Elisabet nodded. She had discussed this with Mama when it was her birthday.
'So?' she said.
'The heavenly party has lasted for all eternity,' said Ephiriel.
'Do all the angels have different names?'
'Of course. Otherwise we couldn't call out to each other. Otherwise we wouldn't have been persons either.'
And Ephiriel began to say all the angel names, one after the other.
'The angels in heaven are called Ariel, Beriel, Curruciel, Daniel, Ephiriel, Fabiel, Gabriel, Hammarubiel, Immanuel, Joachiel, Chachaduriel, Luxuriel, Michael, Narriel . . .'
'That's enough!' said Elisabet. 'How long would it take you to say all the angel names?'
'I would have to go on for all eternity.'
'That's pretty good going, to remember all the names by heart,' said Elisabet.
'With all of eternity at your disposal it's not so difﬁcult.'
'And I think it's very clever to think up so many different names all ending in -el,' Elisabet went on.
Ephiriel nodded. 'God's imagination is inﬁnite, just as there are inﬁnitely many stars in the sky. No angel is exactly like another, nor are humans either. You can make a thousand identical machines, but they are so easy to make that even a human can do it.'
Finally the angel Ephiriel spoke some words that Elisabet hid in her heart. 'Every person on earth is a unique work of creation.'
It was already evening when the rest of the special operations squad and the captain finally returned. All looked tired, but pleased. Food was put on the table, and as they ate, they told about the new training grounds.
"That sounds promising," Erwin gave a pleased nodd. "Could we take it in use as soon as this week?"
Levi nodded. It shouldn't be a problem.
"Good. Then we will make plans for that." Erwin rose from his chair. "Everyone should get some sleep. Tomorrow will be another long day." He looked around on the soldiers as they got onto their feet as well, when his eyes fell onto the two new guests. "That's right. We have yet to find you two somewhere to sleep."
"Keith, unfortunately we don't have any extra rooms. Would you mind bunking with Mike and Hange?"
Keith shrugged his shoulders. "A bed is a bed, isn't it? As long as I'm given a bed, I won't complain."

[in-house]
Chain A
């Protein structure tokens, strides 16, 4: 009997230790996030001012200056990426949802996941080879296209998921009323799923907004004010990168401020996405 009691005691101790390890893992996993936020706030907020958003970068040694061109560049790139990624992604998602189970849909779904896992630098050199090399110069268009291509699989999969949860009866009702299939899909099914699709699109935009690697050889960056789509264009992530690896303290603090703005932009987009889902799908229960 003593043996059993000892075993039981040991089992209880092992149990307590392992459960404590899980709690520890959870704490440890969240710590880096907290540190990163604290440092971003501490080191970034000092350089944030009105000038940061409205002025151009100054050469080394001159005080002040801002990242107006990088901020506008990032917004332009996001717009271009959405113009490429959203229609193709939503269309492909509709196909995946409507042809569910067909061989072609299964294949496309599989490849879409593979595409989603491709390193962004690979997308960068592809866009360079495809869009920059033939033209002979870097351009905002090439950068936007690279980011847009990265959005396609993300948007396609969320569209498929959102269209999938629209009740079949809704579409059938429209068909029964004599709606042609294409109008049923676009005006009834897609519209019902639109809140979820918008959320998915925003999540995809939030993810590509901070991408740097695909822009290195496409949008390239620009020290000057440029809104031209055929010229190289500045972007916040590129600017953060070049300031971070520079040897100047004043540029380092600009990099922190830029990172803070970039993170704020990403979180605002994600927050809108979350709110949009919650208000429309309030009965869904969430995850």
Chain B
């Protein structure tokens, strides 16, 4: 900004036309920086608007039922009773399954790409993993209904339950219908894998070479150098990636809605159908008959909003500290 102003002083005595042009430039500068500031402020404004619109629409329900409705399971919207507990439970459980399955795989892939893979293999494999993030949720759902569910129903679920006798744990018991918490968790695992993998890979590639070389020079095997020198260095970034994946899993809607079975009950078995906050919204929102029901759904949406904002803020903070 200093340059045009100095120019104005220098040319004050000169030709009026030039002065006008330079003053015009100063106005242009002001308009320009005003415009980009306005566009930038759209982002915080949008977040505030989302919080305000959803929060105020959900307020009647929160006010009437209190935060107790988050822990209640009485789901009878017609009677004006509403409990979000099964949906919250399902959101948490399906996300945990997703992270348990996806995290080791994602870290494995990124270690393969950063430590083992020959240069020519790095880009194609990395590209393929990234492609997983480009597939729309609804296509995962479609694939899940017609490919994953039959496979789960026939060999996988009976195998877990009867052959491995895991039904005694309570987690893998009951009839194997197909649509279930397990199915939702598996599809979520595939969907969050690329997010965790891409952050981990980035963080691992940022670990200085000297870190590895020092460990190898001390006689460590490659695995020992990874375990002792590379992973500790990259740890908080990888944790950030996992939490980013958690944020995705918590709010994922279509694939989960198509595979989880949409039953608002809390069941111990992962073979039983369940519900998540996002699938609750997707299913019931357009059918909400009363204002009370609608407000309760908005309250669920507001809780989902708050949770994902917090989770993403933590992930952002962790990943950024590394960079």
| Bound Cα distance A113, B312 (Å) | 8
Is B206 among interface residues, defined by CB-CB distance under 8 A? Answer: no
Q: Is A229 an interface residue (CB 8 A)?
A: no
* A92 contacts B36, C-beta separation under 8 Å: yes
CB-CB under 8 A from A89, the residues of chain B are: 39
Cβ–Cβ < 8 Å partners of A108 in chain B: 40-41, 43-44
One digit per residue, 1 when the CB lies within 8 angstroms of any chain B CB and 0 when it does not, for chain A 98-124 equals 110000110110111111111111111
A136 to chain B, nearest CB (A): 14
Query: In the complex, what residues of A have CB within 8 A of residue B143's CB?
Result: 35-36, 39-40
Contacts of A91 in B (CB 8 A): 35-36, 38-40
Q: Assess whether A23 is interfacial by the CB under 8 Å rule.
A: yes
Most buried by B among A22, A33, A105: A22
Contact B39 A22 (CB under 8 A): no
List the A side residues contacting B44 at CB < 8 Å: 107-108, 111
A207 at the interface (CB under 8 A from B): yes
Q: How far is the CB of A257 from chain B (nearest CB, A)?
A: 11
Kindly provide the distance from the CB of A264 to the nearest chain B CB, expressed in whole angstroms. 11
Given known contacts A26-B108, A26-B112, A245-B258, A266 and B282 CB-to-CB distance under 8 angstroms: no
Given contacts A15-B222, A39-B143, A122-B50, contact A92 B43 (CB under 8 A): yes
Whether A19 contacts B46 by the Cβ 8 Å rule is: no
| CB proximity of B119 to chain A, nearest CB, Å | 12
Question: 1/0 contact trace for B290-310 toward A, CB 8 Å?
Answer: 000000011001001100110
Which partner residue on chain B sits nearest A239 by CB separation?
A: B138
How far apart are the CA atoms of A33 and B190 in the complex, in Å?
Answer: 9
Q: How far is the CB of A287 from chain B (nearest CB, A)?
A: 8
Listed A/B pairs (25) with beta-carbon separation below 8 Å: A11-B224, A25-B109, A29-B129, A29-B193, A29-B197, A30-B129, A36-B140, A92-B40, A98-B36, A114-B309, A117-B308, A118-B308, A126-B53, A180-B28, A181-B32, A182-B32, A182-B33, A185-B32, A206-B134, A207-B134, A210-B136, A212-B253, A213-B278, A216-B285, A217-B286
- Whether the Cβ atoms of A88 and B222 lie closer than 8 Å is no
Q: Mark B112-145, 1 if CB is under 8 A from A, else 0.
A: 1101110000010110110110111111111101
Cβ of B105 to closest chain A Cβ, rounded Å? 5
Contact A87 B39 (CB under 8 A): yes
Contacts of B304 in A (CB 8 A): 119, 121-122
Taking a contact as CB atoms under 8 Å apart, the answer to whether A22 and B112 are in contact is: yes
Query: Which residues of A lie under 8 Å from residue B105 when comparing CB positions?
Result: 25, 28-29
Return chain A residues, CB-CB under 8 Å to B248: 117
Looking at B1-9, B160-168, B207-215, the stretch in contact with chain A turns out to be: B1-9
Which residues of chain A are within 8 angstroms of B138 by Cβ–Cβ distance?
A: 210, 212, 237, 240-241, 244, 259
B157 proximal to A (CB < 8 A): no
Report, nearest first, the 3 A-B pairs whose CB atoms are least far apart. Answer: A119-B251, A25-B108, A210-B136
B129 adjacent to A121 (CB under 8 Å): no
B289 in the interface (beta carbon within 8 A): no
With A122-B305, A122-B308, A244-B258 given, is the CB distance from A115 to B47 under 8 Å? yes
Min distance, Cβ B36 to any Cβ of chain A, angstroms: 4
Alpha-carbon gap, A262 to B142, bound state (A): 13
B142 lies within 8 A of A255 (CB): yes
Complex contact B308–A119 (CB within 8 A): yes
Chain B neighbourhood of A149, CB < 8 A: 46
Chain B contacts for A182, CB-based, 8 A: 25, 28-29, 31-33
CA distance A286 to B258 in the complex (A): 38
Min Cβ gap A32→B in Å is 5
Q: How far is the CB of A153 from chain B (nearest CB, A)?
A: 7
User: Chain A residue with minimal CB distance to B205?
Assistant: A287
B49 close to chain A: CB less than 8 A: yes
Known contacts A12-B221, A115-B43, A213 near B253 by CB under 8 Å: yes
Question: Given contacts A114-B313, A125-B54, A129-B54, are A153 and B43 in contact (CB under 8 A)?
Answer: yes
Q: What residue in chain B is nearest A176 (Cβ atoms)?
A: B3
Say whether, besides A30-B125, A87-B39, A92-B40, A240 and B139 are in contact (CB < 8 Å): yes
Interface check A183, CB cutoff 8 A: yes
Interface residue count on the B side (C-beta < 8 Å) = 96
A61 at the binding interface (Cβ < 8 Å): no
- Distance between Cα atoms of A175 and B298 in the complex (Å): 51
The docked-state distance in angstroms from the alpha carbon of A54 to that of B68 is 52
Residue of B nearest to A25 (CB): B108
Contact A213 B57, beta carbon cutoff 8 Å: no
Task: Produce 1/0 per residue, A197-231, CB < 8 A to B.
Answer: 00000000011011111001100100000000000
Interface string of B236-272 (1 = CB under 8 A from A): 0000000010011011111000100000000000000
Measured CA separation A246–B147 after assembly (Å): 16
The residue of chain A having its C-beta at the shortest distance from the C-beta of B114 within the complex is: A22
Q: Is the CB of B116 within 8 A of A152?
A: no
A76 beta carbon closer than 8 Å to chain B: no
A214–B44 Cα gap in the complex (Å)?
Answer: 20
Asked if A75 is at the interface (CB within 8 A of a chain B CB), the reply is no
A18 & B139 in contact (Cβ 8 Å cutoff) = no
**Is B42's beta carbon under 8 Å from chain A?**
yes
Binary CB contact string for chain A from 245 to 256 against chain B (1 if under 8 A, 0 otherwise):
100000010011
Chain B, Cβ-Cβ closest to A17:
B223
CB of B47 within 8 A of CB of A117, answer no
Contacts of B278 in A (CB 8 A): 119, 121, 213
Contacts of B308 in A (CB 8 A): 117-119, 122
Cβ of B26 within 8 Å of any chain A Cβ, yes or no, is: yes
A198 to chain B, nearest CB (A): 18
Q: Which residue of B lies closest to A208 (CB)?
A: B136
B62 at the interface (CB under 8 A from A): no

"How about you, Annie?" Erwin smiled to the girl. "I presume you'd rather share a room with your peers. It's been some time since you last saw them, right?"
"So," Erwin continued: "Unfortunately the girl's room is all filled up, but there are still vacant beds both in room 4 and room 5."
Hearing their room number, Jean held up four fingers while giving her a cheeky wink; receiving a facepalm from Reiner and a shy smile from Bertolt.
This was followed by the younger boys from room 5 grinning at her. Although the high-five between Connie and Eren was a bit unsettling, she appreciated the smile Armin sent her.
"Annie. How about-"
"I'll stay with room 5" Annie answered, her answer stringent and clear.
Reiner looked at her, a weird glint in his eye, then, shrugging his shoulders, it was gone.
"Nice!" Connie smiled from ear to ear. In his head, the fact that he was going to share a room with a girl was as nailed to his focus as nothing else.
"Yes. It's going to be nice to have you there." Armin nodded. He had also missed Annie. He wasn't quite sure why she was there, but he still appreciated having her around. Although they had few things in common, the few talks they had had, had been good. Having her there just seemed right somehow.
So, how about you? Are you gonna meet up with friends or family
- that you usually don't hand with - this Christmas?
Please leave a review with your thoughts, okay?